- The Washington Times - Sunday, November 30, 2003

There was a time not long ago when Major League Soccer was a glorified name for the Phil Anschutz Intramural League.

The mercurial, publicity-shy Anschutz controlled six franchises in the 10-team league, a situation unheard of in any other sports enterprise purporting to be a big-time entity. And with season after season going by without an infusion of new investors, soccer fans knew a sudden change of heart or corporate strategy from Anschutz would mean the beginning of the end of MLS.

The 2003 season is now in the books, and by far the most noteworthy element of the campaign is not San Jose’s championship or D.C. United’s much hyped signing of child prodigy Freddy Adu. Rather, this is the year MLS finally lessened its dependence on the Colorado billionaire and brought in a respectable collection of new investors to join mainstays Robert Kraft and Lamar Hunt.

In short order, Stan Kroenke, owner of the Colorado Avalanche and Denver Nuggets, purchased the operating rights to the Colorado Rapids from Anschutz Entertainment Group, with an eye toward developing a soccer-specific stadium in the Denver area.

Jorge Vergara, owner of the Mexican team Chivas, will start a team called Chivas USA and begin play in 2005, most likely in San Diego. Joining that club as a 2005 MLS expansion team will be Cleveland, backed by noted Ohio developer and philanthropist Bert Wolstein.

And that’s not all. Beyond that group of confirmed entrants, a second collection of markets, including Oklahoma City and Rochester, N.Y., is seeking to join the league. Rochester, currently in the A-League, has gone so far as to secure $15million in public sector funding for a stadium.

When those cities come in, probably for the 2006 or 2007 season, Anschutz almost certainly will not be involved. AEG might even reduce its current level of team holdings as MLS seeks to double to 20 teams.

The moves are nothing short of remarkable for a league that in the last three years admitted to more than $250million in operating losses, folded two troubled franchises and is still struggling to establish a solid television foothold.

“A lot of people assumed our situation before was worse than it really was and probably are assuming our situation now is better than it is,” said MLS commissioner Don Garber. “But people generally feel better about soccer now. I don’t think there’s any question about that. And we are simply continuing to be dogged, be patient and continue to execute on our business plan.”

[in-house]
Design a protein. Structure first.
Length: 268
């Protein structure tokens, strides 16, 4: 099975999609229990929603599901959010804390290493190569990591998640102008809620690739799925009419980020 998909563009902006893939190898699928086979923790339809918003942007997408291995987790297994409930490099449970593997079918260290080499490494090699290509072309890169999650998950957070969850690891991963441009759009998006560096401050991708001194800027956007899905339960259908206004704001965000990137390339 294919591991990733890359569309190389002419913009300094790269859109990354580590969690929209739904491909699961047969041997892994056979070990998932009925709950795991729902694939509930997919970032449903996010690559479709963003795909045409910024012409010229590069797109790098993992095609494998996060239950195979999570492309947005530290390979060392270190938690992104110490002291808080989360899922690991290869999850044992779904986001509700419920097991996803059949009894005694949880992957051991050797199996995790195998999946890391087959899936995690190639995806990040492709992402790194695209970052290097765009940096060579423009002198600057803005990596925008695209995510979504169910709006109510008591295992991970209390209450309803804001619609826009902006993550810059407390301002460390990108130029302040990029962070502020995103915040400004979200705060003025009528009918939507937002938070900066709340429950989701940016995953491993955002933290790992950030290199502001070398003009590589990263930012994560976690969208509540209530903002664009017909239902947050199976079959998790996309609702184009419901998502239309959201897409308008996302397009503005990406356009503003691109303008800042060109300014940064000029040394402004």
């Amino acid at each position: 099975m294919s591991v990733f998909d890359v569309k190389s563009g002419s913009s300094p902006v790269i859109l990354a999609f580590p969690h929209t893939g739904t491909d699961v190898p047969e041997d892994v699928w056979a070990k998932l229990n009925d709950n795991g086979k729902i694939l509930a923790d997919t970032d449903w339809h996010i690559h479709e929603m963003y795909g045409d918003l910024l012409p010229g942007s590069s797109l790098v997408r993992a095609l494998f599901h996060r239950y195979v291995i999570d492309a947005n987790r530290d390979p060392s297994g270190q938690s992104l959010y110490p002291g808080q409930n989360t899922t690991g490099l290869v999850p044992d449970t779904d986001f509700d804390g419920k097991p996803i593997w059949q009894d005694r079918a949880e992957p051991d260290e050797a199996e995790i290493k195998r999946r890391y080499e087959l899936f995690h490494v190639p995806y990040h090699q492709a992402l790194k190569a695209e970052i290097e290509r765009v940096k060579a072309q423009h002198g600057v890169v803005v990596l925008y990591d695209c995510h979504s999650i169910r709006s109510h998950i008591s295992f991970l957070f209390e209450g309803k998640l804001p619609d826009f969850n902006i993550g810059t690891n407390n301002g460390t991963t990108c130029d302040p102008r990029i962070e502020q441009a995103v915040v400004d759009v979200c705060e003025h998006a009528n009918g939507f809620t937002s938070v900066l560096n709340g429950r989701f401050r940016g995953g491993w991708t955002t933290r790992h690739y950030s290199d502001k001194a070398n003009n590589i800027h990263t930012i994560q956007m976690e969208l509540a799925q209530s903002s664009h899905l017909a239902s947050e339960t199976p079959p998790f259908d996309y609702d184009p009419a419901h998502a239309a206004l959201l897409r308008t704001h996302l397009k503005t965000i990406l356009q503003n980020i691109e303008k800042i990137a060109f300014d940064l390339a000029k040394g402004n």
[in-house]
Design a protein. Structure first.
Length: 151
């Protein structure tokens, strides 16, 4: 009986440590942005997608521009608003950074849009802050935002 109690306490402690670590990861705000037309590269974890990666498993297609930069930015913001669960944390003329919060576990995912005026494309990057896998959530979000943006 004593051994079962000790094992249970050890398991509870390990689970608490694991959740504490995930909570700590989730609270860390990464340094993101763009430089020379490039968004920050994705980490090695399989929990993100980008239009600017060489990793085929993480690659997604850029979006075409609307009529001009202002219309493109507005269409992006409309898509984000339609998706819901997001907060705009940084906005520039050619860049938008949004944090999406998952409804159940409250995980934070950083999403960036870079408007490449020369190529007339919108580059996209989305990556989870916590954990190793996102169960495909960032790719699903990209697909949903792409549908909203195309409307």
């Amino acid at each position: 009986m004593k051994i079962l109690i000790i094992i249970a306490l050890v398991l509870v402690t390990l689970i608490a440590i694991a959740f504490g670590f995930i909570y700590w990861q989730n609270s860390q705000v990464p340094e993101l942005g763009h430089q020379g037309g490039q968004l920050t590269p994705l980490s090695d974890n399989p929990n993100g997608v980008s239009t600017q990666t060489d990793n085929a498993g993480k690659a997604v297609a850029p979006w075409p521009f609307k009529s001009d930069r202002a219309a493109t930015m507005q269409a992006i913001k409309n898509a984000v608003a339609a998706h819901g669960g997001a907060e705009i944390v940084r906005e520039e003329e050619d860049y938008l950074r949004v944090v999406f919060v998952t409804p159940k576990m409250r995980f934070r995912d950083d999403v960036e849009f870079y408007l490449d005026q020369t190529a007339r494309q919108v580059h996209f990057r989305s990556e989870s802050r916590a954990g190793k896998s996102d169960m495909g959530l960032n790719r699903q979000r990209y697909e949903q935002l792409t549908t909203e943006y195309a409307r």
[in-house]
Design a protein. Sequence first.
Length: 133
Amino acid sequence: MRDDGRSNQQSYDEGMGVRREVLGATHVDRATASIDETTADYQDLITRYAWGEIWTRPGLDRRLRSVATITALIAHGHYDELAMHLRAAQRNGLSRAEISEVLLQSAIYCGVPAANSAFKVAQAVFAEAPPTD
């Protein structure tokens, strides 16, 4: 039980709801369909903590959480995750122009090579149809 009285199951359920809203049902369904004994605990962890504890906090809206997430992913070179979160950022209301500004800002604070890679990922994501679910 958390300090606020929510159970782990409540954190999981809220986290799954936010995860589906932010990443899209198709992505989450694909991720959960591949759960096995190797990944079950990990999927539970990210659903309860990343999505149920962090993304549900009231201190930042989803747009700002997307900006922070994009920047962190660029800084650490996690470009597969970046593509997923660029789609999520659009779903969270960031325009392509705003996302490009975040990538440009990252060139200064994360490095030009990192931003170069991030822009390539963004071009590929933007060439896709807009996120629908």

So what’s the real secret? What turned the struggling MLS ship around?

Several factors are play. First and probably foremost, fiscal prudence is at last entering the MLS corporate lexicon. After years of doling out special bonuses to incoming foreign veterans like European star Lothar Matthaus, the focus is now much more on younger, cheaper homegrown talent.

Corporate sponsorships have been pursued with unprecedented vigor. And the start-up Soccer United Marketing, a sister company to MLS that holds domestic English-language TV rights for the men’s and women’s World Cups, provides an important ancillary revenue stream.

That economic scrutiny has produced the best results to date in Los Angeles, where the Galaxy this season became the first MLS club to post an operating profit.

Also, and not unlike hockey, MLS simply by surviving an eighth season in today’s highly competitive sports marketplace, Anschutz or not, shows that a passionate fan base for soccer exists. That fan base will never rival the NFL or Major League Baseball, but it is there and, despite a 6 percent drop in regular-season attendance this year, a further drastic fall is not likely.

In addition, MLS is at last beginning to realize its long-held promise of the lure and potential of soccer-specific stadiums. Columbus, Ohio, the first city to build such a facility, has the Crew as a solid, stable MLS franchise. The Galaxy’s profit would not have happened without the new Home Depot Center, now the country’s pre-eminent shrine to soccer. Another such soccer-specific stadium is under way near Dallas, with similar plans developing in Chicago.

Interestingly, long-discussed soccer stadiums in Washington and suburban New York have yet to come close to seeing even a shovel in the ground. But Garber insists it is “inconceivable” those projects will not come to fruition under his watch.

So is MLS really healthy? Is it completely safe from the fate that befell the now defunct Women’s United Soccer Association less than three months ago?

Not at all. Several years remain before MLS begins to approach any aggregate profits. And with last week’s title game drawing less than 1 percent of U.S. TV households, major financial help from the networks isn’t coming anytime soon. Even Garber acknowledges the long, hard fight for respect and survival is far from over.

But it still speaks volumes that American pro soccer has transcended from the curious hobby of a few wealthy men to a more mainstream opportunity for the sporting-minded investor.

“It’s been a long, slow process,” Garber said. “But we’re beginning to see the fruits of our labors. This is definitely a big deal for us.”

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